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Transfer ownership of a kubernetes release to helm
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Transfer ownership of existing kubernetes release to helm.

Let's say you have an existing kubernetes deployment that you want to migrate to helm. helm currently doesn't have any functionality to migrate owneship of those existing resources to itself. This plugin attempts to solve that problem.

How Does it Work?

helm v2 records information about a release in a configmap. When you try to upgrade the release, helm uses this information to figure out what to do. This plugin simply downloads the existing resource configurations, creates a helm "Chart" with this information, and stores it in a configmap in the format helm is expecting. You can then use helm to "upgrade" this release using a Chart that you have built.

How Does This Differ From Chartify?

Think of helm-take-ownership as a companion to chartify. chartify creates a Chart from existing resources, but it doesn't migrate those resources to helm control. helm-take-ownership can migrate those resources to helm's control. So, you migrate your resources with helm-take-ownership, and then use chartify to create a Chart from those resources. In the future, if you need to make any changes to your Chart, you can use helm to upgrade the release and everything should (hopefully) work beautifully, as if you used helm all along.


helm-take-ownership is a helm plugin. Installation is simple:

helm plugin install


helm-take-ownership's operation is fairly simple. You tell it what resources to include in the helm release using command line flags, plus any additional kubernetes connection options (namespace, context, etc) and a name for the release. For example:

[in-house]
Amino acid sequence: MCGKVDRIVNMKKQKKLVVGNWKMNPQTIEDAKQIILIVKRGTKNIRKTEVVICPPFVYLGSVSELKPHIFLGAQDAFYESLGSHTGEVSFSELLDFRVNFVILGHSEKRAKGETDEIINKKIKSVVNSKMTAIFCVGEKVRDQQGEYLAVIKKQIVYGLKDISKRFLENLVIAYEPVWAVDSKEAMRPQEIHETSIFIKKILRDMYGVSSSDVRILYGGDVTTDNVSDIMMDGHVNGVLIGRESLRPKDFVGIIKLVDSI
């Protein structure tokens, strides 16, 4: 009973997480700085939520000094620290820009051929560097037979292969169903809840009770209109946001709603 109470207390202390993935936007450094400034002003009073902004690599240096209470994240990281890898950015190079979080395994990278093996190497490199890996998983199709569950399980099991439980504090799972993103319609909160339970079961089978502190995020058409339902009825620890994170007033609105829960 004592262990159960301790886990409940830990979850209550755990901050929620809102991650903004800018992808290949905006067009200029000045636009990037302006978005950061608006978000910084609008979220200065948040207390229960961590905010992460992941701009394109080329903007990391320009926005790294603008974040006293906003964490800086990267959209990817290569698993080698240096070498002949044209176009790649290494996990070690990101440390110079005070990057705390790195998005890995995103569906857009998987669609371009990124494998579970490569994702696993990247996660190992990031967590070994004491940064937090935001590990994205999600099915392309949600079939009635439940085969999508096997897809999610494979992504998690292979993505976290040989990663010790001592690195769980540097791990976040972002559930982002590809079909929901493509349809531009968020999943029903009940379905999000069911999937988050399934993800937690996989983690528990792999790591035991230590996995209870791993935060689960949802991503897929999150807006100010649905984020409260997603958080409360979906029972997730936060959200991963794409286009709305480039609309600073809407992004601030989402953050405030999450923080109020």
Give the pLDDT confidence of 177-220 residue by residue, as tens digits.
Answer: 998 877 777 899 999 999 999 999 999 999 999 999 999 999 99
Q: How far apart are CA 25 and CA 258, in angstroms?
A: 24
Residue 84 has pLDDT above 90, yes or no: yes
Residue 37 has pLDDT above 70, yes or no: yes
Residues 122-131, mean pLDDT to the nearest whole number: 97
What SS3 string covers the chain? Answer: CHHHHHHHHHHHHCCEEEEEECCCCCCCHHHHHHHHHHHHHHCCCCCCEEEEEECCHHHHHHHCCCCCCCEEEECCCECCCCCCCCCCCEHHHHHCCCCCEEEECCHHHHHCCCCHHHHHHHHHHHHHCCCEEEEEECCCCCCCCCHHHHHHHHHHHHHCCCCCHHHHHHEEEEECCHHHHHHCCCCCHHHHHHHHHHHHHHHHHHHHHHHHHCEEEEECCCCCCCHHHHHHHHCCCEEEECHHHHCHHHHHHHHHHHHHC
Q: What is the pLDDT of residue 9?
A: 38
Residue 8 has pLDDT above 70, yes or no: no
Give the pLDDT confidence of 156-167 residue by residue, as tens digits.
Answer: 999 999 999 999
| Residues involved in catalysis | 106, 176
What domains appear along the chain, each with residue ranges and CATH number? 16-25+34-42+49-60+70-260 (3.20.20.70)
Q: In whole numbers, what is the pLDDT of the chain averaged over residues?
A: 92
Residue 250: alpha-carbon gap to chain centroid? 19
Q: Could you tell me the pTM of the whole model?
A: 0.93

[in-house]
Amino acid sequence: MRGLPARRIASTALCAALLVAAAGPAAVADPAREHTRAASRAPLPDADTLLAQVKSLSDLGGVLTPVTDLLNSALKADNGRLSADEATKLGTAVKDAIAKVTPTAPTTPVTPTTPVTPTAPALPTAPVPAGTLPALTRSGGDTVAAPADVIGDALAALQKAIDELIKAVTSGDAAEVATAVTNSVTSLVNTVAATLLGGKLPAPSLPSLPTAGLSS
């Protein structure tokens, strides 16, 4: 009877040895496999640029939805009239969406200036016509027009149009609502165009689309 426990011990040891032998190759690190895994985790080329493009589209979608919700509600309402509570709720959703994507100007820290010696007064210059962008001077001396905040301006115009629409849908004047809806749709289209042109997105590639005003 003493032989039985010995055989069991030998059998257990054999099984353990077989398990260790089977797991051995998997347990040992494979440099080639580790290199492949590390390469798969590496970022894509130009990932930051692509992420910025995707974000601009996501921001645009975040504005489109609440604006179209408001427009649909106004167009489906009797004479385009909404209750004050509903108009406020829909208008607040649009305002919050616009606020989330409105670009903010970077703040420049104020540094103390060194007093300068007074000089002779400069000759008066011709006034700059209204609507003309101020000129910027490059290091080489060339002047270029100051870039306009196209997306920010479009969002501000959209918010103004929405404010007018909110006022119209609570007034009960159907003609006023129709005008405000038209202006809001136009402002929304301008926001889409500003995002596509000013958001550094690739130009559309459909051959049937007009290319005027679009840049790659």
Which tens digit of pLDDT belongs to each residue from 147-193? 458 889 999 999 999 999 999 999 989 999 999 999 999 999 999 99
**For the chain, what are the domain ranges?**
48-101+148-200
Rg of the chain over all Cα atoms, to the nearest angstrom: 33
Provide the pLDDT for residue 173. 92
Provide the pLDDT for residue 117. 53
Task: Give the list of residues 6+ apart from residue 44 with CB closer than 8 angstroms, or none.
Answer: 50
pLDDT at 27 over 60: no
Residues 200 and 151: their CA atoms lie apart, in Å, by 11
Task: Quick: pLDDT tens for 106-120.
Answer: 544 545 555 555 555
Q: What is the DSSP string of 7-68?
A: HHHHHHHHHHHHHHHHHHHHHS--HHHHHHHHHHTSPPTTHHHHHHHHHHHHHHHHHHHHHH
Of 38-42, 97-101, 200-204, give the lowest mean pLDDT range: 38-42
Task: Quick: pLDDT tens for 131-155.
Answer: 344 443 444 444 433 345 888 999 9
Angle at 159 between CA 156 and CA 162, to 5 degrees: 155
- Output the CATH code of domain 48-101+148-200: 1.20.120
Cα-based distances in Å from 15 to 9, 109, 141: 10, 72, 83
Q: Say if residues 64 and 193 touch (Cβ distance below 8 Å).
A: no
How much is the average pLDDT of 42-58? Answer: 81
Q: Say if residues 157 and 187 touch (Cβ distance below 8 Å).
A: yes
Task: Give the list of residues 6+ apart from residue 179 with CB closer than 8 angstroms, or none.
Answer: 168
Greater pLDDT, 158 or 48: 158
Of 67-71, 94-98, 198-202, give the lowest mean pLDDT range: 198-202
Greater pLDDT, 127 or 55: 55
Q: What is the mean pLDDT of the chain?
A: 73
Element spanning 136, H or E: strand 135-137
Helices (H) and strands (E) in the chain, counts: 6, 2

helm own --deploy my-deployment --svc my-service -n stg my-release

The above example would instruct helm-take-ownership to associate a deployment called my-deployment and a service called my-service in the stg namespace to a helm release called my-release.

The naming of flags for kubernetes resources is the same as with kubectl get (--deployment, --service, etc), including shorthands (--deploy, --svc, etc). kubernetes connection options (such as namespace, context, etc) are prepended with k8s (ex: --k8s-namespace, --k8s-context, etc). If no kubernetes connection options are passed, it will use your default configuration, the same way kubectl will.

Full usage is available from the command line:

helm own --help

Some Notes

I built this tool for my own use. Currently, there are two things this plugin will do that you might not want:

  1. It will remove any nodePort values from services. In my setup, I'm relying on kubernetes giving me a random nodePort. When helm-take-ownership downloads the resources from kubernetes, the random nodePort is in the data. If I then try to use helm to upgrade this release with a service definition that does not define a nodePort, helm removes the nodePort causing kubernetes to give me another port. This is undesirable.
  2. It will remove any selector from a deployment spec. Similar to point #1: I'm relying on kubernetes giving me a default value here. When I do a helm upgrade, if I have the selector, helm removes it and kubernetes recreates it causing a new replicaset to be created. The existing replicaset is "lost" in the transition; orphaned and unmanaged.

I think, in the future, it might make sense to have some sort of "edit" option that would allow a user to edit the Chart before it is installed to take care of these very specific use cases.


helm-take-ownership is written in go and uses glide to manage dependencies.

# Grab latest code and install dependencies:
git clone
cd helm-take-ownership
make dependencies

# Install plugin locally
# helm plugin remove own
helm plugin install $(pwd)

# Build locally

If you'd like to contribute to helm-take-ownership, submit a pull request.


  • command line switch to switch between helm configmaps and secrets
  • command line switch to set the helm namespace (defaults to kube-system)
  • allow a user to edit the Chart before installing it
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